A leading American Bitcoin transactions firm is expanding into the eurozone aiming to prove the virtual currency can be a mainstream, stable and viable alternative to cash.
Coinbase, which is well established in the US, has reached agreements with a European bank for its users in 13 countries to make euro-denominated money transfers.
The countries are Austria, Belgium, Cyprus, France, Finland, Greece, Italy, Latvia, Malta, the Netherlands, Portugal, Slovakia and Spain. Germany is not included because Bitcoin is defined there as the kind of investment that needs a special licence.
One of Coinbase’s founders, Fred Ehrsam, told the Financial Times it has been talking to banks in Britain about accepting sterling payments.
Currently only three percent of global Bitcoin trading is against the euro, a third is against the dollar, and 60 percent against the Chinese yuan.
Bitcoin offers far more anonymity than standard banking systems, and so is popular for illicit deals on the internet.
Meanwhile there was another warning about Bitcoin and similar digital currencies from a central bank.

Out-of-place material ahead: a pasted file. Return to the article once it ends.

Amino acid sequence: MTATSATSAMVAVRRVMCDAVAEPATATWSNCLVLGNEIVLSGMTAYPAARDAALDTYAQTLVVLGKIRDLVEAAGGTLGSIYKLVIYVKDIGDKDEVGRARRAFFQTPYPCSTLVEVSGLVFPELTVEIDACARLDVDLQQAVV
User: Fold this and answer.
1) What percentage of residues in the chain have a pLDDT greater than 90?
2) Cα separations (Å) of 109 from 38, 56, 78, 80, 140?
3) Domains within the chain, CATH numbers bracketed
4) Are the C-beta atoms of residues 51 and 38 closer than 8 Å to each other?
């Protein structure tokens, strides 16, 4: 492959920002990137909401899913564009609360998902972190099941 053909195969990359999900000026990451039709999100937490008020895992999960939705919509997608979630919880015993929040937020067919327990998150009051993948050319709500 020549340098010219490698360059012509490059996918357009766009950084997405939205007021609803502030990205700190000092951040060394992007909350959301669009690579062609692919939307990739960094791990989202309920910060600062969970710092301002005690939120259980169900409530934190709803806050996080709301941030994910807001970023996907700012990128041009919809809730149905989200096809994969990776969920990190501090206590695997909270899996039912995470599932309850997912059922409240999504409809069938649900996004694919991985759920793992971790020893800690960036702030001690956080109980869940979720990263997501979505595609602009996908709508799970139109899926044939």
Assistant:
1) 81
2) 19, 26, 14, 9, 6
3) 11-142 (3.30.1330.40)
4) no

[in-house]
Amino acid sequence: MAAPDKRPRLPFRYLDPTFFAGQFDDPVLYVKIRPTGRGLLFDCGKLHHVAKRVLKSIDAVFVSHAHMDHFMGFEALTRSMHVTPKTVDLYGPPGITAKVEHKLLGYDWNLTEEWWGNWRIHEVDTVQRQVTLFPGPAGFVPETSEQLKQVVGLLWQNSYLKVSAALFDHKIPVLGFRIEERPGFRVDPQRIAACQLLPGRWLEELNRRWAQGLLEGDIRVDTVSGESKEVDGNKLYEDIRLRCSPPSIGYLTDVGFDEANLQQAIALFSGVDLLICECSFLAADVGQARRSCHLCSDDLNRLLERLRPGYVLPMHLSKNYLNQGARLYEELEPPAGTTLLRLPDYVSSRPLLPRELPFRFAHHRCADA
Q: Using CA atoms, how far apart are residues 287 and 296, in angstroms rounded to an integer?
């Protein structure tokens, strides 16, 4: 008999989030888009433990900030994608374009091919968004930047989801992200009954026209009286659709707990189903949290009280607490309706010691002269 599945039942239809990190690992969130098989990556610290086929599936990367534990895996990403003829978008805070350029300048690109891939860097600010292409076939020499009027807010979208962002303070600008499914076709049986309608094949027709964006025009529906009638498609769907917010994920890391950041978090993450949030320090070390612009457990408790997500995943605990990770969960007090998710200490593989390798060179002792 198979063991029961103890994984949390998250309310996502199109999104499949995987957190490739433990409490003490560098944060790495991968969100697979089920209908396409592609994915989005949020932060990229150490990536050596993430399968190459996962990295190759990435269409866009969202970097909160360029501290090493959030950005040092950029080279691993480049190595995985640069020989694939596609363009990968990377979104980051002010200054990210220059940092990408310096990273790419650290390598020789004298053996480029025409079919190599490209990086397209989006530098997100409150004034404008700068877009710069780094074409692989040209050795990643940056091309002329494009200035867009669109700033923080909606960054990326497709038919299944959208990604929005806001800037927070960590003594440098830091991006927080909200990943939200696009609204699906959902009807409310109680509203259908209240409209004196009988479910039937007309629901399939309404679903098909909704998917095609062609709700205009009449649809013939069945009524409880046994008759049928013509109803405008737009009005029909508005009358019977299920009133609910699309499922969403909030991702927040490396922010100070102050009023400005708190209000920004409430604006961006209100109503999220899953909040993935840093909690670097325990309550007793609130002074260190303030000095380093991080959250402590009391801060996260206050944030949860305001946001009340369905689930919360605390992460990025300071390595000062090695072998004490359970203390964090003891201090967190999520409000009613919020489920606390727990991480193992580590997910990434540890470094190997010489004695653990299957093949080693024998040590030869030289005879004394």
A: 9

The Bank of England said users may be at increasing risk of fraud and that if such currencies find widespread use they could damage Britain’s economy.
The BoE explained the finite supply of Bitcoins meant that an economy where they formed the main currency would be at risk of deflation.
The supply of currencies such as sterling or the US dollar is partly controlled by central banks, which aim to keep the amount of currency in circulation in line with the value of goods and services produced in the economy.
But Bitcoin, which was introduced in 2009 and has more than one million users world wide, is designed to have an upper limit of 21 million coins, and more than 13 million are already in circulation.
The value is highly volatile. One Bitcoin is worth about $474 (366 euros), but its value has ranged from $363 to $919 so far this year.
Unpredictable exchange rates and the prospect of rising transaction costs might limit the widespread adoption of Bitcoin and similar currencies, but a more fundamental problem was the fixed supply, the BoE said.
“The inability of the money supply to vary in response to demand would likely cause greater volatility in prices and real activity,” according to the BoE.
Demand for conventional currencies varies for a number of reasons, ranging from Christmas holidays to recessions to technological change.
The BoE said Bitcoin did not pose a threat to British financial stability at present. It estimated no more than 20,000 people in Britain had significant Bitcoin holdings, with fewer than 300 transactions a day nationwide.